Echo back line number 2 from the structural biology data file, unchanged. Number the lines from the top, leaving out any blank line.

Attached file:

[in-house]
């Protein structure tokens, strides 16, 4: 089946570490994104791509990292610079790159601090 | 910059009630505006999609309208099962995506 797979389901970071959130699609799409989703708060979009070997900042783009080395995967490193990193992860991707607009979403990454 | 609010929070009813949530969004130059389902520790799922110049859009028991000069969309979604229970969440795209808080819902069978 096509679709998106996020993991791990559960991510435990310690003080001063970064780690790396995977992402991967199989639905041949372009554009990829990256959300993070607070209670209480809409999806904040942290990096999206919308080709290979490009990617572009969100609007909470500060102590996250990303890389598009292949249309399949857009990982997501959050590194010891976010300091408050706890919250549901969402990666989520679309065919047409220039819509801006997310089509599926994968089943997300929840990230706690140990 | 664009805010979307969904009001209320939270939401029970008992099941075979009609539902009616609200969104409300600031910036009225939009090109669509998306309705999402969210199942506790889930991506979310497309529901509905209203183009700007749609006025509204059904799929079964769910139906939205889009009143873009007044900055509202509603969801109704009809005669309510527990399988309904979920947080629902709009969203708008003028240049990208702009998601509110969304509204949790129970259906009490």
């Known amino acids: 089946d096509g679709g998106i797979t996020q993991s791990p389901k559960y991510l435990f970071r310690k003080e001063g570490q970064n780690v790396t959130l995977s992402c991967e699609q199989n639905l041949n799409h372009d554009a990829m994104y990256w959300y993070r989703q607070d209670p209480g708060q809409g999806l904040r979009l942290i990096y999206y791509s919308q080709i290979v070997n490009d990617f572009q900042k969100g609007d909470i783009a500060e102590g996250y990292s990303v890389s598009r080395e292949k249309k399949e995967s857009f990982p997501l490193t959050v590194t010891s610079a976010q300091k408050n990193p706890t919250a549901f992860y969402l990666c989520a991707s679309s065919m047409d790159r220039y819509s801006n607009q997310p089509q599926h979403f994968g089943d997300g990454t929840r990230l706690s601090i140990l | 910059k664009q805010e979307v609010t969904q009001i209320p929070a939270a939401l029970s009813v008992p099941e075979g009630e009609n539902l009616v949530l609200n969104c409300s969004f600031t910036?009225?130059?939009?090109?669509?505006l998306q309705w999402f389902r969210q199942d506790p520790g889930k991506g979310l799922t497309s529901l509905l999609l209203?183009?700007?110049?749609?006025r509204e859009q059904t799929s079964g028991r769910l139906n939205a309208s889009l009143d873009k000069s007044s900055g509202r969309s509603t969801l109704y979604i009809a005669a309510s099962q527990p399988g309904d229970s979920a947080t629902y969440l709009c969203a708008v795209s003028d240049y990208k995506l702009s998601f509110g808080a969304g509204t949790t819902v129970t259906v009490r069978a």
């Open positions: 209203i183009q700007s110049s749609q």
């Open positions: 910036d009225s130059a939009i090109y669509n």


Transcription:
């Protein structure tokens, strides 16, 4: 089946570490994104791509990292610079790159601090 | 910059009630505006999609309208099962995506 797979389901970071959130699609799409989703708060979009070997900042783009080395995967490193990193992860991707607009979403990454 | 609010929070009813949530969004130059389902520790799922110049859009028991000069969309979604229970969440795209808080819902069978 096509679709998106996020993991791990559960991510435990310690003080001063970064780690790396995977992402991967199989639905041949372009554009990829990256959300993070607070209670209480809409999806904040942290990096999206919308080709290979490009990617572009969100609007909470500060102590996250990303890389598009292949249309399949857009990982997501959050590194010891976010300091408050706890919250549901969402990666989520679309065919047409220039819509801006997310089509599926994968089943997300929840990230706690140990 | 664009805010979307969904009001209320939270939401029970008992099941075979009609539902009616609200969104409300600031910036009225939009090109669509998306309705999402969210199942506790889930991506979310497309529901509905209203183009700007749609006025509204059904799929079964769910139906939205889009009143873009007044900055509202509603969801109704009809005669309510527990399988309904979920947080629902709009969203708008003028240049990208702009998601509110969304509204949790129970259906009490």